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From Rick Hillegas <Richard.Hille...@Sun.COM>
Subject Re: Derby in-memory back end - where to go next?
Date Wed, 09 Sep 2009 21:01:01 GMT
Hi Lily,

Some comments inline...

Lily Wei wrote:
> Hi Rick:
>      Thank you so much for sharing the information with the group.
> >* It would be great to be able to bound the growth of the in-memory db
> Is there a trend for need of in-memory db on JAVA world?
I find that this consistently generates a lot of discussion whenever I 
talk about 10.5 features with users.
> Is it mainly for applications, i.e. ERP, CRM, SRM?
The top use-cases which keep coming up are:

o Middle-tier caching -- here people use Derby in the middle tier in 
order to scale out access to a big back end like Oracle or DB2. Running 
in memory makes this perform even better.

o Monitoring transient data streams - here you slice and dice the data 
while the monitoring application is up but you don't necessarily need to 
keep the data after the monitoring session ends.

o Test rigs -- here you can use Derby on your laptop to run regression 
tests against an application which will run in production on a big back 
end like Oracle or DB2; the rig is lightweight and cleans up after itself.
> What kind of solution JAVA can provide for smart device like iPhone, 
> RIMM or Plam? i.e. Will JAVA play well with WindowMobile or Arnoid?
Our small device story is our ability to run on the stripped-down CDC 
VM. Being able to run completely in memory gives this story extra appeal 

> Thank you for shed the lights for us in advance,
> Lily
> *From:* Rick Hillegas <Richard.Hillegas@Sun.COM>
> *To:* Derby Discussion <derby-user@db.apache.org>
> *Sent:* Wednesday, September 9, 2009 11:13:05 AM
> *Subject:* Re: Derby in-memory back end - where to go next?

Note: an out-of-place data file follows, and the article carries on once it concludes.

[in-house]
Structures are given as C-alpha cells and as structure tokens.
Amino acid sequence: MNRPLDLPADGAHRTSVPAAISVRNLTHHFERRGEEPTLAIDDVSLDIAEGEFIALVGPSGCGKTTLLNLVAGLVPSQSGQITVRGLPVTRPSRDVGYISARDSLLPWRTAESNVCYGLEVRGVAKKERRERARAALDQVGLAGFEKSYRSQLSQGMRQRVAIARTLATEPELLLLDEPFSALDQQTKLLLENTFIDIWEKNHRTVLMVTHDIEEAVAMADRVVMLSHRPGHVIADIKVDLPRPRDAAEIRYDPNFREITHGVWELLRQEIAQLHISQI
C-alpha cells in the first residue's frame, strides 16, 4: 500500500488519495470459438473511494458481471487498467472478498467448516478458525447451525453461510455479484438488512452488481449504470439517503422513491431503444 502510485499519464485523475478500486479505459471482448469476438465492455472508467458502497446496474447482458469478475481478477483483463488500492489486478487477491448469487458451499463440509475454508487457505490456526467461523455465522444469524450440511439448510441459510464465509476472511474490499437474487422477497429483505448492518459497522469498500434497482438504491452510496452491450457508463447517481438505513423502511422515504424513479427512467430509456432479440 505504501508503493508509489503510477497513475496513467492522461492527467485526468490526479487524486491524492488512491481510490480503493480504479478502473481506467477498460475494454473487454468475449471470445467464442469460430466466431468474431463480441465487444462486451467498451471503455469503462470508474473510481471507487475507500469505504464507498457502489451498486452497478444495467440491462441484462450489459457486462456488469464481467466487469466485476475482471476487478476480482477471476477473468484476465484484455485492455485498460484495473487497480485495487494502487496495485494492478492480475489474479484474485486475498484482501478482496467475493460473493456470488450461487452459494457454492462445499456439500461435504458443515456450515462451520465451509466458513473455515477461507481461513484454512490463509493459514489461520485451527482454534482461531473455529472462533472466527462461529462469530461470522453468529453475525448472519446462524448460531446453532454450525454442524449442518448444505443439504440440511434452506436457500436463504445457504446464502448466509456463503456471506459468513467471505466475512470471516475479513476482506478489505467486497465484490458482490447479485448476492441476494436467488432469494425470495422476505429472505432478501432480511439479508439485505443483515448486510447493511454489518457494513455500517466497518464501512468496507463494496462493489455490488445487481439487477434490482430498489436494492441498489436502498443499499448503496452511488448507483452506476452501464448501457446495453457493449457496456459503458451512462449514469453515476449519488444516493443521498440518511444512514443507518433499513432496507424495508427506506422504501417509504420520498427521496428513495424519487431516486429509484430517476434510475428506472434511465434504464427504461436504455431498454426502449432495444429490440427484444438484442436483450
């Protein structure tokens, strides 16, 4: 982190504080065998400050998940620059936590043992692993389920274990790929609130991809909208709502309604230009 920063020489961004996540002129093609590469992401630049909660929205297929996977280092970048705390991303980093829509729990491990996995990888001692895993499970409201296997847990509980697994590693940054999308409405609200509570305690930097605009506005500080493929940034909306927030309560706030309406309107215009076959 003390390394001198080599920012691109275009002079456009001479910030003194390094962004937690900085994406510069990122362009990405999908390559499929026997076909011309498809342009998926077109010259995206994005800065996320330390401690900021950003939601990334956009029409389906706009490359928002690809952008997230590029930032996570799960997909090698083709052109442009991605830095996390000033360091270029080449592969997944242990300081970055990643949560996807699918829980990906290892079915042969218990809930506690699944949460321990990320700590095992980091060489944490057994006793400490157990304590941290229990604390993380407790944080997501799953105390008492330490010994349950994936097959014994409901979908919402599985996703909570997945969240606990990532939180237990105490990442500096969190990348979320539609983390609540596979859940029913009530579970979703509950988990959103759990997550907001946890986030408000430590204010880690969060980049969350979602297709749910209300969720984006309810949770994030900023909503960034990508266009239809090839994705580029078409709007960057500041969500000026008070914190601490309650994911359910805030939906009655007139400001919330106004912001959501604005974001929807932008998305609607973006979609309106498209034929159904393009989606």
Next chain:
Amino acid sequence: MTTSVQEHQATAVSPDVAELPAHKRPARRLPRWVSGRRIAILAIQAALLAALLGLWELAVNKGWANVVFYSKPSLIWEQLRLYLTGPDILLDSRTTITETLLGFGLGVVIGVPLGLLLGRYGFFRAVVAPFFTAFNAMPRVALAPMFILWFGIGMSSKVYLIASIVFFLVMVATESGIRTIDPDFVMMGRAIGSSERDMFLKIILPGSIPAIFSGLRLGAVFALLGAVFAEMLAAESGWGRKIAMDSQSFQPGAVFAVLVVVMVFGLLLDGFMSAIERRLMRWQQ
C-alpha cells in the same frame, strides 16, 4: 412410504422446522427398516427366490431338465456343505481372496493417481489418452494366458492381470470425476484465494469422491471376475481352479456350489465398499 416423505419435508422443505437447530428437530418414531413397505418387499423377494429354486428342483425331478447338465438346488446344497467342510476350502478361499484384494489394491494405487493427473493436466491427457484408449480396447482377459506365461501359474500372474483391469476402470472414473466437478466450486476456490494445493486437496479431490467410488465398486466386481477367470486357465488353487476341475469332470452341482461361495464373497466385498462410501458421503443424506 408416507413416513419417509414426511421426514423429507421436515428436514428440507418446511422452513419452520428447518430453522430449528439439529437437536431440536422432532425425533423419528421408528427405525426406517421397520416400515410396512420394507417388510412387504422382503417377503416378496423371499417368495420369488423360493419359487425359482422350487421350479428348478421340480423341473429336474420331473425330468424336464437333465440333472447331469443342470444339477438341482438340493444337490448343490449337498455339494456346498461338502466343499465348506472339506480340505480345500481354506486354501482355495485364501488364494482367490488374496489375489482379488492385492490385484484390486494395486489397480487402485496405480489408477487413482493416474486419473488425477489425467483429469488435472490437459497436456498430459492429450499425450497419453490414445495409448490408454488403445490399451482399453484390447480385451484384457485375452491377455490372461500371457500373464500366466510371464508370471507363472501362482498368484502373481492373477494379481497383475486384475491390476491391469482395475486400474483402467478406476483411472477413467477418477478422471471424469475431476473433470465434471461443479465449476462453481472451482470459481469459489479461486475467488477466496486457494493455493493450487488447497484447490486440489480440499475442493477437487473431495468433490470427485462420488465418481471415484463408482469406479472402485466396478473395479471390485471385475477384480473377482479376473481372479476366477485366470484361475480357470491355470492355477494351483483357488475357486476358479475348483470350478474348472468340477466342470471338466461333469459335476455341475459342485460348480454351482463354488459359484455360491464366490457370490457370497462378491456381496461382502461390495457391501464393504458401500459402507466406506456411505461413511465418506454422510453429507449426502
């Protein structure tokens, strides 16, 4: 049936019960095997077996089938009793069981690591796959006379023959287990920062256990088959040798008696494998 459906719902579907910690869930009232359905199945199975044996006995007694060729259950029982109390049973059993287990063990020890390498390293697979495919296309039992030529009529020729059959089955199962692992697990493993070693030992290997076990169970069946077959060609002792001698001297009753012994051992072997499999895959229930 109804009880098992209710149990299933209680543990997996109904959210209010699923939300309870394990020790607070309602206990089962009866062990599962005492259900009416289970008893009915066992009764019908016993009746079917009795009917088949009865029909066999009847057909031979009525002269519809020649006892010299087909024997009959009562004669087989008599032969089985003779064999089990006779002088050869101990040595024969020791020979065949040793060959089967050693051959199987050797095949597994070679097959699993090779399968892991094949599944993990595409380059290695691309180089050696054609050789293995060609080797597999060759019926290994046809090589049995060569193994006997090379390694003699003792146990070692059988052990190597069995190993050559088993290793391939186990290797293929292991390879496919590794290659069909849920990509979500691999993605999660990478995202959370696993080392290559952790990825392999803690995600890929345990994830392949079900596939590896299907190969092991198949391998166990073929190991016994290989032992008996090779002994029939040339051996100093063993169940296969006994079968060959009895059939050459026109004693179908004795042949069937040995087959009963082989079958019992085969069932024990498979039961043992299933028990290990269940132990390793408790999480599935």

> Hi Kristian,
> Here's another piece of feedback: Last night I gave an overview of 
> Derby to the San Francisco Java User's Group. A developer asked 
> whether the growth of the in-memory database could be bounded. He had 
> a use case which we didn't explore in depth but which involved 
> periodically truncating the database. I asked him to bring his 
> requirements to the Derby user list so that we could feed them into 
> your spec effort. Here are my takeaways:
> * It would be great to be able to bound the growth of the in-memory db
> * It would be great if the memory occupied by deleted records could be 
> released
> Thanks,
> -Rick
> Kristian Waagan wrote:
> > Hello,
> >
> > In Derby 10.5 an in-memory back end, or storage engine, was 
> included. It stores all the data in main memory, with the exception of 
> derby.log. If this is news to you, and you want a quick intro to it, 
> see [1] and [2].
> >
> > I'm trying to gather some feedback on whether the current 
> implementation is found acceptable, or if there are additional 
> features people would like to see. I expect some wishes to emerge, and 
> I plan to record these on the wiki page [1]. The page can then be used 
> to guide further work in this area.
> >
> > To start the discussion, I'll list some potential features and 
> tasks. Feel free to comment on any one of them either by replying to 
> this thread, or by adding your comments to [1]. It can be a +1 or -1 
> on the feature itself, a suggestion for a new feature, or details on 
> what a feature should look like.
> >
> >
> > * Documentation
> > Must at least document the JDBC subsubprotocol, and also explain how 
> to delete in-memory databases.
> > If new features are added, these must be documented as well.
> >
> > * Deletion of in-memory databases
> > Currently the only ways to delete an in-memory database are to 
> restart the JVM or use a static method that isn't part of Derby's 
> public API. A proper mechanism for deletion should be added.
> >
> > * Automatic deletion on database shutdown (or when last connection 
> disconnects)
> >
> > * "Anonymous in-memory databases"
> > A database which only the connection creating it can access, and 
> when the connection goes away the database goes away.
> >
> > * Automatic persistence
> > The database could be persisted to disk automatically based on 
> certain criteria. The most obvious ones are perhaps on a fixed 
> interval and on JVM shutdown.
> >
> > * Monitoring
> > The most basic information is how many in-memory databases exist in 
> the current JVM, and how big they are. How should this information be 
> presented? Should it be available to anyone having a connection to the 
> current JVM?
> >
> > * No derby.log
> > Include a class in Derby that will discard everything written to 
> derby.log.
> >
> >
> > Thank you for your feedback,

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